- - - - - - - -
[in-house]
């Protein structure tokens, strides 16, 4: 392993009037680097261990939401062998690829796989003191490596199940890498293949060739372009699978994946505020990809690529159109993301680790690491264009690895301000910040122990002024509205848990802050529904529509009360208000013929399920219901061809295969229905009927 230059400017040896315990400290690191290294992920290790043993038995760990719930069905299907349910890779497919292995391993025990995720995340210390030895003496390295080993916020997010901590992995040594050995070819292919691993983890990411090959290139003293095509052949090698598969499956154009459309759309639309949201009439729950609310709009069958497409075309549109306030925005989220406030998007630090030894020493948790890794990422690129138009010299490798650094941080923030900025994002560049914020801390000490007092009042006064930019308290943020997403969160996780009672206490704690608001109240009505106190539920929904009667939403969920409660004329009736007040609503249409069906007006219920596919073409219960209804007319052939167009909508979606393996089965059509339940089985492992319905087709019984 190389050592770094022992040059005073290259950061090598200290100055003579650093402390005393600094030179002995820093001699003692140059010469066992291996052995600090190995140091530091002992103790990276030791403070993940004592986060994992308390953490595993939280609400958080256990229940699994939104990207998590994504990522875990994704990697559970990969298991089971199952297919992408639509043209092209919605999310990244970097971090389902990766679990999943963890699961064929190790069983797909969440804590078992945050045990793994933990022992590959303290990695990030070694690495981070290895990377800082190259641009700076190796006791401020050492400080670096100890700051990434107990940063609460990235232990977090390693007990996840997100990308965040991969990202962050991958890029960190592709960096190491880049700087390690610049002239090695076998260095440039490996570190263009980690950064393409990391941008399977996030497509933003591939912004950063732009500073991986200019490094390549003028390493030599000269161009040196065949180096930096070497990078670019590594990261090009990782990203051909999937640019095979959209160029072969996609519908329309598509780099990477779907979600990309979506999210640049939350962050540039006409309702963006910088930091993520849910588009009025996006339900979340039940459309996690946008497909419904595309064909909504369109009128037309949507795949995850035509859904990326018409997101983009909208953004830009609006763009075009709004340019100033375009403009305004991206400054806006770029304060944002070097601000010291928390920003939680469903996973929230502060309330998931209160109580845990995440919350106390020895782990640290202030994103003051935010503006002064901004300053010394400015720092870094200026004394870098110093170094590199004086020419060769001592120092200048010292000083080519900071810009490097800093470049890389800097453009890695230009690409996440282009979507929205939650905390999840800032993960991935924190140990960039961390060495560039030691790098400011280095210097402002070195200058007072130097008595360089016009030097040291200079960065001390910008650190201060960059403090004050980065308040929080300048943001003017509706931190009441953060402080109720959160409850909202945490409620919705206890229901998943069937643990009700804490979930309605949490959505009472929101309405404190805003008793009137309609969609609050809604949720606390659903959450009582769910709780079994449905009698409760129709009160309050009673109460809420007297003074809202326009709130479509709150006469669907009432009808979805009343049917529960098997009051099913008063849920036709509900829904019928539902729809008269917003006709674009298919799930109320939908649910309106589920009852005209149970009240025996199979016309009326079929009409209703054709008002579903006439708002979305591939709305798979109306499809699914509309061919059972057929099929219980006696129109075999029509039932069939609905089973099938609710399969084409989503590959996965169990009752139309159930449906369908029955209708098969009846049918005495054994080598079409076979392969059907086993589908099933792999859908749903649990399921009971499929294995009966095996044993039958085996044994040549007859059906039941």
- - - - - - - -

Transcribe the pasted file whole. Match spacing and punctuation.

[in-house]
């Protein structure tokens, strides 16, 4: 392993009037680097261990939401062998690829796989003191490596199940890498293949060739372009699978994946505020990809690529159109993301680790690491264009690895301000910040122990002024509205848990802050529904529509009360208000013929399920219901061809295969229905009927 230059400017040896315990400290690191290294992920290790043993038995760990719930069905299907349910890779497919292995391993025990995720995340210390030895003496390295080993916020997010901590992995040594050995070819292919691993983890990411090959290139003293095509052949090698598969499956154009459309759309639309949201009439729950609310709009069958497409075309549109306030925005989220406030998007630090030894020493948790890794990422690129138009010299490798650094941080923030900025994002560049914020801390000490007092009042006064930019308290943020997403969160996780009672206490704690608001109240009505106190539920929904009667939403969920409660004329009736007040609503249409069906007006219920596919073409219960209804007319052939167009909508979606393996089965059509339940089985492992319905087709019984 190389050592770094022992040059005073290259950061090598200290100055003579650093402390005393600094030179002995820093001699003692140059010469066992291996052995600090190995140091530091002992103790990276030791403070993940004592986060994992308390953490595993939280609400958080256990229940699994939104990207998590994504990522875990994704990697559970990969298991089971199952297919992408639509043209092209919605999310990244970097971090389902990766679990999943963890699961064929190790069983797909969440804590078992945050045990793994933990022992590959303290990695990030070694690495981070290895990377800082190259641009700076190796006791401020050492400080670096100890700051990434107990940063609460990235232990977090390693007990996840997100990308965040991969990202962050991958890029960190592709960096190491880049700087390690610049002239090695076998260095440039490996570190263009980690950064393409990391941008399977996030497509933003591939912004950063732009500073991986200019490094390549003028390493030599000269161009040196065949180096930096070497990078670019590594990261090009990782990203051909999937640019095979959209160029072969996609519908329309598509780099990477779907979600990309979506999210640049939350962050540039006409309702963006910088930091993520849910588009009025996006339900979340039940459309996690946008497909419904595309064909909504369109009128037309949507795949995850035509859904990326018409997101983009909208953004830009609006763009075009709004340019100033375009403009305004991206400054806006770029304060944002070097601000010291928390920003939680469903996973929230502060309330998931209160109580845990995440919350106390020895782990640290202030994103003051935010503006002064901004300053010394400015720092870094200026004394870098110093170094590199004086020419060769001592120092200048010292000083080519900071810009490097800093470049890389800097453009890695230009690409996440282009979507929205939650905390999840800032993960991935924190140990960039961390060495560039030691790098400011280095210097402002070195200058007072130097008595360089016009030097040291200079960065001390910008650190201060960059403090004050980065308040929080300048943001003017509706931190009441953060402080109720959160409850909202945490409620919705206890229901998943069937643990009700804490979930309605949490959505009472929101309405404190805003008793009137309609969609609050809604949720606390659903959450009582769910709780079994449905009698409760129709009160309050009673109460809420007297003074809202326009709130479509709150006469669907009432009808979805009343049917529960098997009051099913008063849920036709509900829904019928539902729809008269917003006709674009298919799930109320939908649910309106589920009852005209149970009240025996199979016309009326079929009409209703054709008002579903006439708002979305591939709305798979109306499809699914509309061919059972057929099929219980006696129109075999029509039932069939609905089973099938609710399969084409989503590959996965169990009752139309159930449906369908029955209708098969009846049918005495054994080598079409076979392969059907086993589908099933792999859908749903649990399921009971499929294995009966095996044993039958085996044994040549007859059906039941």